encourages co-constructed knowledge building. Smartboard can be an
effective means of augmenting typical teaching strategies to make
learning more motivational and meaningful for todays technologically
advanced students (Giles & Shaw, 2011). Another very helpful device

would be a tablet or iPad. Due to the ability for both to download apps
and games that help enrich curriculum, they both fit as very beneficial
for students who are gifted and talented.

Computer instruction
Dixon (2005) examined whether using computer tools helped to
improve gifted adolescents critical thinking skills and quality of
writing. The study compared the critical thinking abilities of gifted
students in two ways. The first was a handwritten essay and the
second was computer typed essay. The computer typed essay was
more effective for gifted and talented boys, as they show 83% increase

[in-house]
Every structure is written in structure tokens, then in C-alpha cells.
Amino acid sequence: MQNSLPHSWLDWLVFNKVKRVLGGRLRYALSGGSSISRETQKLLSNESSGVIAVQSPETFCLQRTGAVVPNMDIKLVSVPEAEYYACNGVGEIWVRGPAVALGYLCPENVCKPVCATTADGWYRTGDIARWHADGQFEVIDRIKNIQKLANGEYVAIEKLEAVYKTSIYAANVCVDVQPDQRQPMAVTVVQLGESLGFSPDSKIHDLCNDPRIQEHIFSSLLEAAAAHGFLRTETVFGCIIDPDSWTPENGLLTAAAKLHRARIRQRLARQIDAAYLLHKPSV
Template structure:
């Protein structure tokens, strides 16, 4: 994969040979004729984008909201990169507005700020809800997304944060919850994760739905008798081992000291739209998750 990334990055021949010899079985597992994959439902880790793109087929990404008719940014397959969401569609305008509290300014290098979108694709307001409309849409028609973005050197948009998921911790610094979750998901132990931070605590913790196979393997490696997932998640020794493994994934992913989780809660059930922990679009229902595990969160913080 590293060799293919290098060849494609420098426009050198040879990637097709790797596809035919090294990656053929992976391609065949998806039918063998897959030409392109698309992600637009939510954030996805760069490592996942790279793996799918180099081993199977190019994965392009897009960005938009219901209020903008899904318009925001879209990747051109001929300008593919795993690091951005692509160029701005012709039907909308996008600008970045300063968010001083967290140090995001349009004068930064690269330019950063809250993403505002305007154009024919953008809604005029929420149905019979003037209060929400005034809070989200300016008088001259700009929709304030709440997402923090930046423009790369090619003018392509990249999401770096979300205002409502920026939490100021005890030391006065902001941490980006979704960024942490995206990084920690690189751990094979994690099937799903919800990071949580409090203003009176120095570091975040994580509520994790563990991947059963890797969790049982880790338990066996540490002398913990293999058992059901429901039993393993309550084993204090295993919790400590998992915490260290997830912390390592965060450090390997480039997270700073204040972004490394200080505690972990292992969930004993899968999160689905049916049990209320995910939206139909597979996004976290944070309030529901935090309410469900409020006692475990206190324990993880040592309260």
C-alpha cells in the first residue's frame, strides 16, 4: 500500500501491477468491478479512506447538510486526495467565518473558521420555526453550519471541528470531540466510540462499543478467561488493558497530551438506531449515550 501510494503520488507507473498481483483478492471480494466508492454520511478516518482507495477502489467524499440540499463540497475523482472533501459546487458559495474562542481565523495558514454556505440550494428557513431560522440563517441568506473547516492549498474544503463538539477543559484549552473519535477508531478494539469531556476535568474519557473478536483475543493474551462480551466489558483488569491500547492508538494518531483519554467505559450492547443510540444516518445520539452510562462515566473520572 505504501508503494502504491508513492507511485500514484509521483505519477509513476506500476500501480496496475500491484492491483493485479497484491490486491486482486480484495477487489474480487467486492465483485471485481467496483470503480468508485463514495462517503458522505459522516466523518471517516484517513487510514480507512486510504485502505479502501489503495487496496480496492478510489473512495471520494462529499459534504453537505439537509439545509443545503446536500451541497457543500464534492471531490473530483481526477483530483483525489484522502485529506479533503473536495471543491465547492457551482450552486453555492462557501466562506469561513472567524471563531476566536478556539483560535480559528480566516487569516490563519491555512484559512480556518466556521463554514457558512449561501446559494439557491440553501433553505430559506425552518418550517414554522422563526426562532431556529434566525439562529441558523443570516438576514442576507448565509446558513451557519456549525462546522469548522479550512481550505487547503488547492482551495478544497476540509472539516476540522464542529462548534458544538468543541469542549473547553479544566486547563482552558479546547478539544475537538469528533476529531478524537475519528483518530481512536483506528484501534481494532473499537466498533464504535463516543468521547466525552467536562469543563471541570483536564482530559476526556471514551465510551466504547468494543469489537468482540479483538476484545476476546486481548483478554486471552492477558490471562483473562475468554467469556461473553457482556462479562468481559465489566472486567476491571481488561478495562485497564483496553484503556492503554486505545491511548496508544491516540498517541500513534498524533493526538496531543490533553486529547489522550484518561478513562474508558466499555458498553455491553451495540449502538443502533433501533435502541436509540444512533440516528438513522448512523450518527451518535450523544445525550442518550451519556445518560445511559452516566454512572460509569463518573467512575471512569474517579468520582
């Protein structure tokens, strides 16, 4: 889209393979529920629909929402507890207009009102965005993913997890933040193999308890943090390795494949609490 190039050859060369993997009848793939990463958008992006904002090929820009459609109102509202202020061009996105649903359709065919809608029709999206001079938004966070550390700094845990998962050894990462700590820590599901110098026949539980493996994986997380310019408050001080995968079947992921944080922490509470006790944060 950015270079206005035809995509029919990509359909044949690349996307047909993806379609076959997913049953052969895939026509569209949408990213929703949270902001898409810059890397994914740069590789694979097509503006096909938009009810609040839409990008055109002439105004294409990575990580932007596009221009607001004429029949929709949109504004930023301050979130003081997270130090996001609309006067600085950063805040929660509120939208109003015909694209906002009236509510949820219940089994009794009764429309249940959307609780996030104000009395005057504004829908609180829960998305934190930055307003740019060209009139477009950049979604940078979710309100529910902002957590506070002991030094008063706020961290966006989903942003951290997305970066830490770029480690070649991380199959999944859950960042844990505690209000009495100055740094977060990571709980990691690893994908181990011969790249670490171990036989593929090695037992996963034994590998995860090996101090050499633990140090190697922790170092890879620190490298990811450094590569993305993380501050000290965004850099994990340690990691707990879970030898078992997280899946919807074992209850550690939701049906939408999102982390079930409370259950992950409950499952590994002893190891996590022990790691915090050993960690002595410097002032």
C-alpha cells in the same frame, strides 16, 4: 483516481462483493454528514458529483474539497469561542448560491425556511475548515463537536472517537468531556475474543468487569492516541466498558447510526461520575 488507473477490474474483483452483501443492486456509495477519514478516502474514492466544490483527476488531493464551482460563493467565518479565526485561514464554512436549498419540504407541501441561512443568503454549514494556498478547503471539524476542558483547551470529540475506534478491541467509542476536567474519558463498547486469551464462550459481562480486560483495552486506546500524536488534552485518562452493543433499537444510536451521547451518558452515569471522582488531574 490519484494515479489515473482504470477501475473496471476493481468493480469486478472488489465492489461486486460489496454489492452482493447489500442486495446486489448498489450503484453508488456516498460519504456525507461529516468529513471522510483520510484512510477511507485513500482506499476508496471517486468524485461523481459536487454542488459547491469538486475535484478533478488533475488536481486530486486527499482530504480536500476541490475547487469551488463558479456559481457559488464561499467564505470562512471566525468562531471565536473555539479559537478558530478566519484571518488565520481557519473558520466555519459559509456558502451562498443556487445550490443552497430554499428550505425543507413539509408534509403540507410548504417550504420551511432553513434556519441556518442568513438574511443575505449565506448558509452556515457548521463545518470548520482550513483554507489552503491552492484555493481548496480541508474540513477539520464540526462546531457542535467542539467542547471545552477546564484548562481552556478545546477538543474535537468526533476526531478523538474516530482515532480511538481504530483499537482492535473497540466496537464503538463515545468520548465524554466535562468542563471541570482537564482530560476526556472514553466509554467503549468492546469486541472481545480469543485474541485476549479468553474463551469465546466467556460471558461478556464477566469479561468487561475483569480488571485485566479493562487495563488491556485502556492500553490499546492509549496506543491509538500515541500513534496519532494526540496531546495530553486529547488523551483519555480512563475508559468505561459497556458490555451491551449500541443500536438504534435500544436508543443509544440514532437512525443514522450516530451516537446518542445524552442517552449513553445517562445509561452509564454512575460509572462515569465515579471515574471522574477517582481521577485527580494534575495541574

in the number of words in their computer typed essays. Gifted girls
scored similar then the boys on the computer essays. Using laptops
facilitated project-based learning and resulted in an increase in student
initiative. None of the gifted or talented learners reported the laptop to
be hindering their success.

Technological assessments
With the constant growth of technology in the classroom, even
tests are being put on line. There are three types of assessments that
have a huge impact of gifted and talented students. They are as

follows, assessments for identifying gifts and talents, ongoing

assessments of student learning, and assessments that evaluate a
gifted program to help meet the needs and strengths of gifted students